Allanngorpoq
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In early 2013, I went into a one-month stay in Greenland, sharing life with some of its inhabitants, up to the northernmost settlements. A trip f… Read More
In early 2013, I went into a one-month stay in Greenland, sharing life with some of its inhabitants, up to the northernmost settlements. A trip from 67° to 77° parallel on the way up to Qaanaaq, with the aim to highlight the current mutations. The country undergoes, from the very first place, the effects of climate changes, and witnesses deep transformation of the society since the latest decades: the modification of the environment thus operates along with a growing openness to "occidental" lifestyles and consumption habits. The questions that are raised today in Greenland go far beyond its boundaries. In some incredibly diverse landscapes, supermarkets et mobile phones come into Inuit culture, and skin-made traditional outfits are no longer used but at the very north for dogsledge trips. These strong and fast changes question society and identity, and divide the country's opinion as seen in the last elections: between the will to follow what seems to be the rail of History, and the feeling to be the people of the ice, melting away all the same. Allanngorpoq can be translated into "being transformed" from Greenlandic. Read Less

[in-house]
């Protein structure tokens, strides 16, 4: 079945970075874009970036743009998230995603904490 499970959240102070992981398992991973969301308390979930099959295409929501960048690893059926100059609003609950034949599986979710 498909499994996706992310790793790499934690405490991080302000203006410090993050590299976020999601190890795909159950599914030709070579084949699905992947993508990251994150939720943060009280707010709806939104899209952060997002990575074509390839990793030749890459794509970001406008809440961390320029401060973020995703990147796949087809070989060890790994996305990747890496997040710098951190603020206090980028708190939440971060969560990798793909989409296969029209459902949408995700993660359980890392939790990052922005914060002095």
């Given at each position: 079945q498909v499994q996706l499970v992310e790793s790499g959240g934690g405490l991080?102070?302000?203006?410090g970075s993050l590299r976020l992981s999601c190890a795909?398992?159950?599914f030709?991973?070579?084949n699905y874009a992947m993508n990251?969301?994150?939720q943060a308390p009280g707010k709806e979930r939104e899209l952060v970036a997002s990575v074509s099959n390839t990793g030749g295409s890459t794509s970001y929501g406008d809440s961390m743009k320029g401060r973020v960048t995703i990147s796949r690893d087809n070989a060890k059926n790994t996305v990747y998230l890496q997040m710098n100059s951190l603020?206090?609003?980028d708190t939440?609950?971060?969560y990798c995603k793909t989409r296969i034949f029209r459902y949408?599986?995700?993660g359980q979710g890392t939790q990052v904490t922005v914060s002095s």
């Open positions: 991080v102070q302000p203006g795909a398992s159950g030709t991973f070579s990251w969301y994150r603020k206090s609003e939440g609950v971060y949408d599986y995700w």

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ALLANGORPOQ
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In early 2013, I went into a one-month stay in Greenland, sharing life with some of its inhabitants, up to the northernmost settlements. A trip from 67° to 77° parallel on the way up to Qaanaaq, after a year and a half of preparation, with the aim to highlight the current mutations.

From the front-row seats the country undergoes the effects of climate changes, and witnesses deep transformation of the society since the latest decades: the modification of the environment thus operates along with a growing openness to “western" lifestyles and consumption habits. The questions that are raised in Greenland today go far beyond its borders.

In some incredibly diverse landscapes, supermarkets and mobile phones come into Inuit culture, and skin-made traditional outfits are no longer used but at the very north for dogsledge trips. These strong and fast changes question society and identity, and divide the country's opinion as seen in the last elections: between the will to follow what seems to be the rail of History, and the feeling to be the people of the ice, melting away all the same.

Allanngorpoq can be translated into "being transformed" from Greenlandic.
 
 
 
More information: http://www.sebtix.com/en/allanngorpoq

I want to sincerely thank all the people I had the chance and pleasure to met, and who made those moments so unforgettable: thanks so much! qujanassuaq!
 
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